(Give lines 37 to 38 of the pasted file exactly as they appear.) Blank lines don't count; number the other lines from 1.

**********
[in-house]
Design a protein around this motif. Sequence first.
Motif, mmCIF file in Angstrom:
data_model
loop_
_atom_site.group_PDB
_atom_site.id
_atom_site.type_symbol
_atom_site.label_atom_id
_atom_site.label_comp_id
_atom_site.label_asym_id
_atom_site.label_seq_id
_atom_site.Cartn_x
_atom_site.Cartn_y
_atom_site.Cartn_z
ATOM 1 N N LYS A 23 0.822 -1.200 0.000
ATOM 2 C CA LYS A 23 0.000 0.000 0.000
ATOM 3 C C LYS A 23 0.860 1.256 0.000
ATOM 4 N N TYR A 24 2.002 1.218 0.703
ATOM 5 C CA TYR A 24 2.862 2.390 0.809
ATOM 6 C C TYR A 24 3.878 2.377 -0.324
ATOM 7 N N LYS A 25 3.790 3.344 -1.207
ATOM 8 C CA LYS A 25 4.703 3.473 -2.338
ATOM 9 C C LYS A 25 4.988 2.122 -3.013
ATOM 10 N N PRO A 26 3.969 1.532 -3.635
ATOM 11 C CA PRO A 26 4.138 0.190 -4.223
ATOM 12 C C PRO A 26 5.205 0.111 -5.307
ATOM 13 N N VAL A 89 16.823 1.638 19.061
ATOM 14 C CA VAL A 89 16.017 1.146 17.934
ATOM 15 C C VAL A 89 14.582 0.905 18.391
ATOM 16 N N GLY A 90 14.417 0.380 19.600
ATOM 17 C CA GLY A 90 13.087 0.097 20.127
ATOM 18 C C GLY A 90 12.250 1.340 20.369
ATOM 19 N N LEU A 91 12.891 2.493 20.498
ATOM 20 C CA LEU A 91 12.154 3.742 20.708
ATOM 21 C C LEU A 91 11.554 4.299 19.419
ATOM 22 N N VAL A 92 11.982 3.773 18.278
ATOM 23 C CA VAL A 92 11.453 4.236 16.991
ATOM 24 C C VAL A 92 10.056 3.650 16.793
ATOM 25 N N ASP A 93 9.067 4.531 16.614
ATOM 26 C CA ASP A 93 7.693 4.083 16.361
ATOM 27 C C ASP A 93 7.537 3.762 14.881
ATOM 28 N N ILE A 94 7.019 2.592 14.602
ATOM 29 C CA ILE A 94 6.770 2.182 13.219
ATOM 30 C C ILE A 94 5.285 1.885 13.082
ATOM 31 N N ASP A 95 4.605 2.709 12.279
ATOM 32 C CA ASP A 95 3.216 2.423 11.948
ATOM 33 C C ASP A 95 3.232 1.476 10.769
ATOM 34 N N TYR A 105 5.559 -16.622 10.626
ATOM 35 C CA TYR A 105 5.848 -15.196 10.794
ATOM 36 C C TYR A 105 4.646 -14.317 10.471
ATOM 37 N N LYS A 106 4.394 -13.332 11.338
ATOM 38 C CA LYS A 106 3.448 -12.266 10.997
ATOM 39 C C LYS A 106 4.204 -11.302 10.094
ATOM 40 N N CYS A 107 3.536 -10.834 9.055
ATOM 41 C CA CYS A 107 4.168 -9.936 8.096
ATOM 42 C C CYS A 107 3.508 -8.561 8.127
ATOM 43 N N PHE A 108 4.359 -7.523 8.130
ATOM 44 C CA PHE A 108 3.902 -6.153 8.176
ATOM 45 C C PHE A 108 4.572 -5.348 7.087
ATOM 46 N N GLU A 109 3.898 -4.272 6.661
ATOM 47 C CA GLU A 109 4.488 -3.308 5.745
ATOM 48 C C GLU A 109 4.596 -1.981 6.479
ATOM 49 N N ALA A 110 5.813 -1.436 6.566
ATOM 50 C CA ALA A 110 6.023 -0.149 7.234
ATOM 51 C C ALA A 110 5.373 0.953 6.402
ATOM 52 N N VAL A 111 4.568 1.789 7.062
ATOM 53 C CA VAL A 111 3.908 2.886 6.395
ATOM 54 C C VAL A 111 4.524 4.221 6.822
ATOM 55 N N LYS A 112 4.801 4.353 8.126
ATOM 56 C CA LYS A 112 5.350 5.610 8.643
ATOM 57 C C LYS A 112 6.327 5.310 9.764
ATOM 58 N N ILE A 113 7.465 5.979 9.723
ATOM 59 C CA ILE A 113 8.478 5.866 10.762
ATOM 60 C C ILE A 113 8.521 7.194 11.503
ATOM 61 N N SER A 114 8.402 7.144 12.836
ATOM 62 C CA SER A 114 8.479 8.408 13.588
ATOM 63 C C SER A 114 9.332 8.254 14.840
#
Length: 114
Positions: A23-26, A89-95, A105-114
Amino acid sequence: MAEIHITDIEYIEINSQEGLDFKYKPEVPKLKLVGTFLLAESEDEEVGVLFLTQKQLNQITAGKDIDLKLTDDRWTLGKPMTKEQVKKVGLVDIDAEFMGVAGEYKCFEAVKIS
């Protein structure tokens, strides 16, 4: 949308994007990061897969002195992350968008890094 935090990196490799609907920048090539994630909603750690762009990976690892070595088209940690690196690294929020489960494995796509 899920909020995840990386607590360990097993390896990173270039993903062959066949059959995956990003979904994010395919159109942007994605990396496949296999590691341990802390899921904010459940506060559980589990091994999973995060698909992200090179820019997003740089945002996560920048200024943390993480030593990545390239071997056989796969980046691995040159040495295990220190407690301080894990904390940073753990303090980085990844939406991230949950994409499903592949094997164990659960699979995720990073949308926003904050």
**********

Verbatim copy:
ATOM 22 N N VAL A 92 11.982 3.773 18.278
ATOM 23 C CA VAL A 92 11.453 4.236 16.991